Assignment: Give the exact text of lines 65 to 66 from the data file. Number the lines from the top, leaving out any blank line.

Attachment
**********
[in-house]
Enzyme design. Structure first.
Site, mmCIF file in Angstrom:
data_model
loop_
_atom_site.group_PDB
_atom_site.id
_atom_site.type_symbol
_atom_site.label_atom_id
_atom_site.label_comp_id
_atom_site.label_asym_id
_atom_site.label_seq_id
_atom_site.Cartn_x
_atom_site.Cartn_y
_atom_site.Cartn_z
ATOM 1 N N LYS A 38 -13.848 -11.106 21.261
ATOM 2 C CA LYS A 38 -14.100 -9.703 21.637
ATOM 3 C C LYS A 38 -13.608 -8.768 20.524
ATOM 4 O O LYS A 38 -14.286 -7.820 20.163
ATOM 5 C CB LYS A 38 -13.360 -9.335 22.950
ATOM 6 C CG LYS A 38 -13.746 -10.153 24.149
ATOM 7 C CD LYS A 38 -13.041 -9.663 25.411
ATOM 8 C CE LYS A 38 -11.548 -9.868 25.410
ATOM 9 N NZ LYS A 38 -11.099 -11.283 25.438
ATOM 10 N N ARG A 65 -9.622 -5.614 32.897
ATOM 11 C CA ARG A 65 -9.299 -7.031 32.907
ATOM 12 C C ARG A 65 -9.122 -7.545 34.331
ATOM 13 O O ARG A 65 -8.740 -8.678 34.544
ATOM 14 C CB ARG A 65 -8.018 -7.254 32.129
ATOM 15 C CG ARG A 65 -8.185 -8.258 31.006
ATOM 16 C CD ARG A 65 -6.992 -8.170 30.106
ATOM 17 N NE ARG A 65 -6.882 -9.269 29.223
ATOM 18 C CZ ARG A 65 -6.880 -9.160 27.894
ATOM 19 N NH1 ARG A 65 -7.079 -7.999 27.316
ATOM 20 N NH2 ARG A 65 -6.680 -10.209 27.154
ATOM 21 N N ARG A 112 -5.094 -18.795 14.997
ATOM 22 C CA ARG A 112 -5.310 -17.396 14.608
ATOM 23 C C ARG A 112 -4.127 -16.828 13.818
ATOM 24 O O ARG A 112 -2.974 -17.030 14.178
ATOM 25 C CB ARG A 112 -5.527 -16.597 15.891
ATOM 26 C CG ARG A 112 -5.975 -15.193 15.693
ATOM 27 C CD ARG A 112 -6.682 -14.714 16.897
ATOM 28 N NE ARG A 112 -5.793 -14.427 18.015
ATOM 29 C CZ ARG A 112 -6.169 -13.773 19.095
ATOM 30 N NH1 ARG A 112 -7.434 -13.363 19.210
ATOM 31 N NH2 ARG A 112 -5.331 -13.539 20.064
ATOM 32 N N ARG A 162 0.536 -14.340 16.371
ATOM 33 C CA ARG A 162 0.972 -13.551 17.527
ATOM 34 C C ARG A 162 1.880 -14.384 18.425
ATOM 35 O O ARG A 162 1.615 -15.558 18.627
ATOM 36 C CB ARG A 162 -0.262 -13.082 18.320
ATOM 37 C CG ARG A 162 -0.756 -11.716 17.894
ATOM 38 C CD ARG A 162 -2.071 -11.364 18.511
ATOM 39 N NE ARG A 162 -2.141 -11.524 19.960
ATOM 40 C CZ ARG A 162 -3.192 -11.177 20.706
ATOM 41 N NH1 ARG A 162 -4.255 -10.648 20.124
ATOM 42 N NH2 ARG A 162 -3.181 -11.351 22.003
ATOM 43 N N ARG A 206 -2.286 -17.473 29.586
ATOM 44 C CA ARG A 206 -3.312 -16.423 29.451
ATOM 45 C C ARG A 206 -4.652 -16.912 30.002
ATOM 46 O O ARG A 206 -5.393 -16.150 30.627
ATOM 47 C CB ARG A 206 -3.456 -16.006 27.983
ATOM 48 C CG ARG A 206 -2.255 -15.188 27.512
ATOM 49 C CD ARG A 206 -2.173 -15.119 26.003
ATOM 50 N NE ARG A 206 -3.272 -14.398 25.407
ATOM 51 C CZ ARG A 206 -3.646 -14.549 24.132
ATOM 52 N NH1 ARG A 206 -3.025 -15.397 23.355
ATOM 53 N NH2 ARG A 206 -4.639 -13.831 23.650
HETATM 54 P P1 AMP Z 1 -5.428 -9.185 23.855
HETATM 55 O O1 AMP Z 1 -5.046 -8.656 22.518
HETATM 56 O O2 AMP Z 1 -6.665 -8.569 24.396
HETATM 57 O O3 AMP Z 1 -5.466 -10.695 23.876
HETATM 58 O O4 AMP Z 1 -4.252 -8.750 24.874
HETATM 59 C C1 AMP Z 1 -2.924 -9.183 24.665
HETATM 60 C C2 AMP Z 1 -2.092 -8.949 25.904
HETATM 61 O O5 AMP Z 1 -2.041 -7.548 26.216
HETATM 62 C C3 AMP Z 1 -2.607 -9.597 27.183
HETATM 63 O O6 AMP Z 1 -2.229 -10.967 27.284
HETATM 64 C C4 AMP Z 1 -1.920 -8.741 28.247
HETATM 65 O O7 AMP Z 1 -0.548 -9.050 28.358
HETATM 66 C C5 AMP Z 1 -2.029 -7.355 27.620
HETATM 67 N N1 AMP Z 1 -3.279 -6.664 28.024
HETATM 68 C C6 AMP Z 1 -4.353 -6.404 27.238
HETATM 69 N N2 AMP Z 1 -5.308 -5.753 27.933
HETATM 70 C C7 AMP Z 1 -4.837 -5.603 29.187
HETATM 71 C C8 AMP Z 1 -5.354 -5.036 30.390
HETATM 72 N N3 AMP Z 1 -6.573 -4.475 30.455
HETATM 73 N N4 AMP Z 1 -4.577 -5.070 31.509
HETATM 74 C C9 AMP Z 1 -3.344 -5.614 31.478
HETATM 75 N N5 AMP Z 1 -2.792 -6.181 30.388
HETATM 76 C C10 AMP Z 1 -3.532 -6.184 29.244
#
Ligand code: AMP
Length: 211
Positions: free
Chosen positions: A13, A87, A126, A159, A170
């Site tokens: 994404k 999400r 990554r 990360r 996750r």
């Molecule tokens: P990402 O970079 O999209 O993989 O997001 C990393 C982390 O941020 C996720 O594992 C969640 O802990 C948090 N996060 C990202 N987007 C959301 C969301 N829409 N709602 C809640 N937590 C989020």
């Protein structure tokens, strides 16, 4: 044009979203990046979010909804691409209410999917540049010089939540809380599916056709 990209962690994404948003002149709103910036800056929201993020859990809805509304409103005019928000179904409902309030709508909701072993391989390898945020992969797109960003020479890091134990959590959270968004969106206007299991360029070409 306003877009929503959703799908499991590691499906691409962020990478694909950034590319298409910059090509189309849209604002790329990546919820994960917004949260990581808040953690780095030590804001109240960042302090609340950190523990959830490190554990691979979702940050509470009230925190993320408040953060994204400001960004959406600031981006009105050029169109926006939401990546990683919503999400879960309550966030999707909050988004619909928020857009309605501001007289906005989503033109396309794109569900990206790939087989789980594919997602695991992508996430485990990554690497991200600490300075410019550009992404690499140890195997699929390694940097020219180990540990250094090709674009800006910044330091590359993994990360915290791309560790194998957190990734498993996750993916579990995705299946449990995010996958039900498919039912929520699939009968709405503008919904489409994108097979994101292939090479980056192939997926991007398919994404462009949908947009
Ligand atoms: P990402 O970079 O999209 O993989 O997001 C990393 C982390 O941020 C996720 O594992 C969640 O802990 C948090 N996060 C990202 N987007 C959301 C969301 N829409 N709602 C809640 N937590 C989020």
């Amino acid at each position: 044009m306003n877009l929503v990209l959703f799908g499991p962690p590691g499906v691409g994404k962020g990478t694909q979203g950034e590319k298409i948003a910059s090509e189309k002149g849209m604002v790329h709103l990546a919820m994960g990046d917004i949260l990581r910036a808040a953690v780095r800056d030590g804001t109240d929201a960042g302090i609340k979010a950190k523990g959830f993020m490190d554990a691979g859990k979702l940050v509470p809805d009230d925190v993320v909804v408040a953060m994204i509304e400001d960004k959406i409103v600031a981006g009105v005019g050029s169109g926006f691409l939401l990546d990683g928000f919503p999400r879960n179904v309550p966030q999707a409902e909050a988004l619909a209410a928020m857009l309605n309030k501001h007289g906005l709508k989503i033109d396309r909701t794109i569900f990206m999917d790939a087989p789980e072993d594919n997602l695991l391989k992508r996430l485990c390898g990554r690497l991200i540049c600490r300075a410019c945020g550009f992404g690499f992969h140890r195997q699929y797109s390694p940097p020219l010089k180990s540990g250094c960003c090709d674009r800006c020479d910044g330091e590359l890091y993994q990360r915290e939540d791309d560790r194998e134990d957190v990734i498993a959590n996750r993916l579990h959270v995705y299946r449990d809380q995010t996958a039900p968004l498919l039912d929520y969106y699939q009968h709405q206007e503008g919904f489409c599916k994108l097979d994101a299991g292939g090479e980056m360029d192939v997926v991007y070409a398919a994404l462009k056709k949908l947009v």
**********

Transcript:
ATOM 50 N NE ARG A 206 -3.272 -14.398 25.407
ATOM 51 C CZ ARG A 206 -3.646 -14.549 24.132